Wednesday, January 13, 2016

Rogue-Umpqua Divide Wilderness: Muir Creek Loop

Looking east towards Crater Lake along Trail 27
The Rogue-Umpqua Divide Wilderness is a short 10 miles directly west of Crater Lake, but is a world away from the crowds that descend upon Oregon's only National Park. The Muir Creek trail follows its namesake for approximately 3.9 miles before it's terminus with the Buck Canyon Trail. As you set out on the Muir Creek trail you will be treated to beautiful views of the meandering stream and perhaps grazing elk. 


Muir Creek along the Muir Creek Trail

Muir Creek trail meandering along Muir Creek
After nearly 2.8 miles you will hear Muir Creek Falls to your right. Watch for faint trails through the alder that lead to a few seldom used campsites and a view of Muir Creek Falls. The thick riparian vegetation made photographing the waterfall difficult, but if it was mid-summer instead of mid-October one could easily ford Muir Creek for a better view. 

Muir Creek Falls along the Muir Creek Trail

The 10 foot Muir Creek Falls
The waterfall is located on a tributary of Muir Creek known as East Fork Sherwood Creek. It was possibly only because of the drought but upstream of the waterfall Muir Creek was merely a trickle. I was using Bill Sullivan's Muir Creek Trail so it came as a surprise to me , that shortly after Muir Creek Falls to the Buck Canyon Trail cutoff the trail is also an ATV trail. Don't be confused though, continue upstream along this now 6 foot wide track until you reach the Buck Canyon Trail. 

Muir Creek upstream of Muir Creek Falls

Muddy ruts from OHVs

The beginning of Buck Canyon Trail 
If you're only out for a day hike this makes for a decent turn around point. If you're completing the loop head straight onto the Buck Canyon Trail. Approximately 1.5 miles from the end of the OHV section you will see the well signed junction with the Hummingbird Meadows trail. The drought has made some of the normally reliable water sources further up Buck Canyon dry, so I would recommend filling up in West Fork Muir Creek 1/10 of a mile down the Hummingbird Meadows trail. In a normal water year or even earlier in the year I suspect that water would be flowing in many more places further upstream. The section of trail from the Wilderness sign to Bear Camp Spring had many beautiful meadows and a large rock slide that had previously dammed West Fork Muir Creek.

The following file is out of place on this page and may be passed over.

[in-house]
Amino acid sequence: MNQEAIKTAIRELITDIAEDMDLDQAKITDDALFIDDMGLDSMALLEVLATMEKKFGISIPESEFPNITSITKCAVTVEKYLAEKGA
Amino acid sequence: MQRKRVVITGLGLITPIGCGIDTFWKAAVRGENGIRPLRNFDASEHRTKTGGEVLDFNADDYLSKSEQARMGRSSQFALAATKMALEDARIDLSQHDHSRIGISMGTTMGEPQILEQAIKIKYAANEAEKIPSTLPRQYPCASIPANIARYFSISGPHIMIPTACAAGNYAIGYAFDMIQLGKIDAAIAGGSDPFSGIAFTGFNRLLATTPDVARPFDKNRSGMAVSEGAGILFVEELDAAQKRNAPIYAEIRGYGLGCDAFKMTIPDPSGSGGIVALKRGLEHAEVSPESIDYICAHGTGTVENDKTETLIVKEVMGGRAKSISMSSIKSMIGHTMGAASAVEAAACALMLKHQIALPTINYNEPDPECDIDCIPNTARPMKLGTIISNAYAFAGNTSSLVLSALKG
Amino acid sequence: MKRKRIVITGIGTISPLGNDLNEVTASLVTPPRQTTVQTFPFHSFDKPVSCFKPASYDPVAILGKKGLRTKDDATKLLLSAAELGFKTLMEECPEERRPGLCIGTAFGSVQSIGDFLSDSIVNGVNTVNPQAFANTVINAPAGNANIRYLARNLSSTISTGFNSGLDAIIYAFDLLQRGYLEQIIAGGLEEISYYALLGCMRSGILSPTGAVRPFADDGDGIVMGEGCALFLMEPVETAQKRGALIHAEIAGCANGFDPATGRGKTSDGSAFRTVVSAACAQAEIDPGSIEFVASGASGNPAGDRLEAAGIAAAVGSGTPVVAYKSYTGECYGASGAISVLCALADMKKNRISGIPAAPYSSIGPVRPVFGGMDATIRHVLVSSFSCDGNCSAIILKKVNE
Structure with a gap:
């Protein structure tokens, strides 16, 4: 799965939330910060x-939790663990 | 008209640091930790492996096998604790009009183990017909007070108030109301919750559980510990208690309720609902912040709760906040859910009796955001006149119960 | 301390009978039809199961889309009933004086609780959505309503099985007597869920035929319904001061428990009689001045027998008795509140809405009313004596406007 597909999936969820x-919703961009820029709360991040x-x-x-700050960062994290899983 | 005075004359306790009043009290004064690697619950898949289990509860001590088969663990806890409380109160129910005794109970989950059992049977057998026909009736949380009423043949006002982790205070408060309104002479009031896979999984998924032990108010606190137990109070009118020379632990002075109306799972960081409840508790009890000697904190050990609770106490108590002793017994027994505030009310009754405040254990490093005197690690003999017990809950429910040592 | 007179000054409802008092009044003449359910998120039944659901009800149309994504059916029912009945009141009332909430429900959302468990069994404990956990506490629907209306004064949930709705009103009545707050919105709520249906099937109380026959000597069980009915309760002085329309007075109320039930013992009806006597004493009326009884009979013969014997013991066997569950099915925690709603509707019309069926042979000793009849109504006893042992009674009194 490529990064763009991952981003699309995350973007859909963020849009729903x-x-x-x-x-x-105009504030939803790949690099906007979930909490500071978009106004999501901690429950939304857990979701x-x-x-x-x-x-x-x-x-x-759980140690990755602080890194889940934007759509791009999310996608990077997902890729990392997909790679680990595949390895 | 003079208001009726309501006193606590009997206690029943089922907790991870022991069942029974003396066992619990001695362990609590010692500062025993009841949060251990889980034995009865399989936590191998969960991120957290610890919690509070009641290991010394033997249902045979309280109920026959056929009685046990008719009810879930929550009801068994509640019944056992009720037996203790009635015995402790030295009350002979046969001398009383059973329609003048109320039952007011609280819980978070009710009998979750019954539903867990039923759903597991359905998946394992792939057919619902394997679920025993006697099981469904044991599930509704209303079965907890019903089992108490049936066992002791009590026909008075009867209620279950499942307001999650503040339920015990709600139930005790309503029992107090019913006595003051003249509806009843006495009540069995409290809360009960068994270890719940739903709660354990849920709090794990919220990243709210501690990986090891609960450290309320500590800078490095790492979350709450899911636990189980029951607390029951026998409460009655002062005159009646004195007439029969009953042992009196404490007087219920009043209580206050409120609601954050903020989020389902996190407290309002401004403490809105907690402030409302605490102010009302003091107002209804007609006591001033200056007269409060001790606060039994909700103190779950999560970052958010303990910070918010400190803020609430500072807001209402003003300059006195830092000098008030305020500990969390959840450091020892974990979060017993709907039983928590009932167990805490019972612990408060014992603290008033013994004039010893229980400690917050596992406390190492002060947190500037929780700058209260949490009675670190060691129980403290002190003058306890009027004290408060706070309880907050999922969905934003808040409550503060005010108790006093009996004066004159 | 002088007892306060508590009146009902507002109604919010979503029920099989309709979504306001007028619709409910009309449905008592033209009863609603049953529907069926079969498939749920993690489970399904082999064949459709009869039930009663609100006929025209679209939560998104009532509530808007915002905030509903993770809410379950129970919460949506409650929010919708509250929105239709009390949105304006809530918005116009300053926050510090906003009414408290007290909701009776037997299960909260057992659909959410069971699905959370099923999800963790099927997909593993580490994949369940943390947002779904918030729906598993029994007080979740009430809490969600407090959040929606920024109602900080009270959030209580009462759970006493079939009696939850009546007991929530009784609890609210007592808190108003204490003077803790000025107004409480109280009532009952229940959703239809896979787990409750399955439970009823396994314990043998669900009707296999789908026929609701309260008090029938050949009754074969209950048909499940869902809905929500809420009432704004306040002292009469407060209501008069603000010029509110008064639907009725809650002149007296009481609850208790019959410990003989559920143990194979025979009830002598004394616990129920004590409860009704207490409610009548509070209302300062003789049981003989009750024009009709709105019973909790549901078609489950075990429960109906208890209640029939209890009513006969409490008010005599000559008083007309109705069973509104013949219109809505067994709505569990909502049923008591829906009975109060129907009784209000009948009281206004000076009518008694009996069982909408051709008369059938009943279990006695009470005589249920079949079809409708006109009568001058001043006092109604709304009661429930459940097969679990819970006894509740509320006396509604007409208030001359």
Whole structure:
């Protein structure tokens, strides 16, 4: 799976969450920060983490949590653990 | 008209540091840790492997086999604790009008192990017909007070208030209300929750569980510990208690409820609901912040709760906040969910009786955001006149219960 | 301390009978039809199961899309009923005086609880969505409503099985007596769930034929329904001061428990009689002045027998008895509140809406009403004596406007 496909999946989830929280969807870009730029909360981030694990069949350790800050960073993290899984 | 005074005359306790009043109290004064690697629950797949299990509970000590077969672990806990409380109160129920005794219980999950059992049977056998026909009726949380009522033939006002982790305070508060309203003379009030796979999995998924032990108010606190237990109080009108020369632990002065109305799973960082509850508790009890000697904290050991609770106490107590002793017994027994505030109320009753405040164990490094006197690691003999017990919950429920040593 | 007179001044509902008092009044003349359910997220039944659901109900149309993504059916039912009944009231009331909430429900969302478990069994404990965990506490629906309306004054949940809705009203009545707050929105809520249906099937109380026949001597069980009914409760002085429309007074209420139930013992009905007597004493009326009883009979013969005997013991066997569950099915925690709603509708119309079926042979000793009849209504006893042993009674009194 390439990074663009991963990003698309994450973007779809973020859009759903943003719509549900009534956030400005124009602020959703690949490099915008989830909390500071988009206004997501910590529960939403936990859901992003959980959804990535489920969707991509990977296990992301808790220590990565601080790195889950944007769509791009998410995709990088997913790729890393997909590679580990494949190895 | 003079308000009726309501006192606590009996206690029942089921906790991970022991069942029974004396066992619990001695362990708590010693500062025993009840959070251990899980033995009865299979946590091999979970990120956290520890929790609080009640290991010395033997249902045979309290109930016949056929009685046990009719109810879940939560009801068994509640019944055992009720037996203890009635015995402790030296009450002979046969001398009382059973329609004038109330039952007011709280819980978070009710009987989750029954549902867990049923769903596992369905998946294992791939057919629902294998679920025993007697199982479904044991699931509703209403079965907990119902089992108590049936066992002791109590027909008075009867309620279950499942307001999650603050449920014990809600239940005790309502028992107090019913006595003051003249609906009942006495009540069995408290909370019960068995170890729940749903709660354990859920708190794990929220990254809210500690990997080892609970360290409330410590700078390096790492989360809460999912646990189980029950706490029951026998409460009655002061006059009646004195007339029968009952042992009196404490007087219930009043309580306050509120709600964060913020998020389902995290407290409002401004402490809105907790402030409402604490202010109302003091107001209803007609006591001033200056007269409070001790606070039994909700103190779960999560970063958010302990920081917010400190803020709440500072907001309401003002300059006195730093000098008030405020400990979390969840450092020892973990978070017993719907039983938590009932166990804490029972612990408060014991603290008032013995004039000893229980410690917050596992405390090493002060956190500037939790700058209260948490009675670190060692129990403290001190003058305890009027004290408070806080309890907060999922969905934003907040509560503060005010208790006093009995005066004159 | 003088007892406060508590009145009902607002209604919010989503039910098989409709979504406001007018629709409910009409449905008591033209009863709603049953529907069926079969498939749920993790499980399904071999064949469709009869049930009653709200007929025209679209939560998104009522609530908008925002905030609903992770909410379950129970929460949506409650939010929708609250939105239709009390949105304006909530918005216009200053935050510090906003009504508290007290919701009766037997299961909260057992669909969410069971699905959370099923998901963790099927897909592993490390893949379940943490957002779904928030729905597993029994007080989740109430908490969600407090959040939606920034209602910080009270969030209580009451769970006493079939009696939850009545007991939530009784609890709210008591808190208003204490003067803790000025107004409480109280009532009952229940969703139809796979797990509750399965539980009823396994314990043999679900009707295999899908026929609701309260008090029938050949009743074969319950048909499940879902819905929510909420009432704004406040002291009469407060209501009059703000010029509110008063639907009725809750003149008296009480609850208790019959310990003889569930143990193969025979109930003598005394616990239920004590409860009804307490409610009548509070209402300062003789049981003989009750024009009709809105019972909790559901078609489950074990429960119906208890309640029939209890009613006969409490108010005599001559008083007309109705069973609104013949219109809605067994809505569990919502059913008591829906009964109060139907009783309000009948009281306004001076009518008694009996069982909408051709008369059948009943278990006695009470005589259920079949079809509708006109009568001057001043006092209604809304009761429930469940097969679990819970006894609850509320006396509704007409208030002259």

Large western hemlock and Douglas-fir line the Buck Canyon Trail in the Rogue-Umpqua Divide Wilderness

Murphy enjoying some cold clear water from West Fork Muir Creek

The broken Rouge-Umpqua Divide Wilderness sign along the Buck Canyon Trail
Every Wilderness Area is individually designated by Congress and so there will often be contingencies in the legislation that is seemingly at odds with wilderness values. The Rogue-Umpqua Divide still has a grandfathered grazing allotment, so it is likely that you will come across cattle or at least cow pies and trampled riparian vegetation. Be sure to treat your water in this area. 

Murphy checking out the cattle along the Buck Canyon Trail

Cattle grazing in the Rogue-Umpqua Divide Wilderness along the Buck Canyon Trail


Cattle in the foreground and quaking aspen across the meadow
There are several small patches of quaking aspen along the Buck Canyon Trail. Quaking aspen provide many benefits for animals including thermal cover and forage, more can be read about quaking aspen here. On top of being great for many animals they provide beautiful fall color.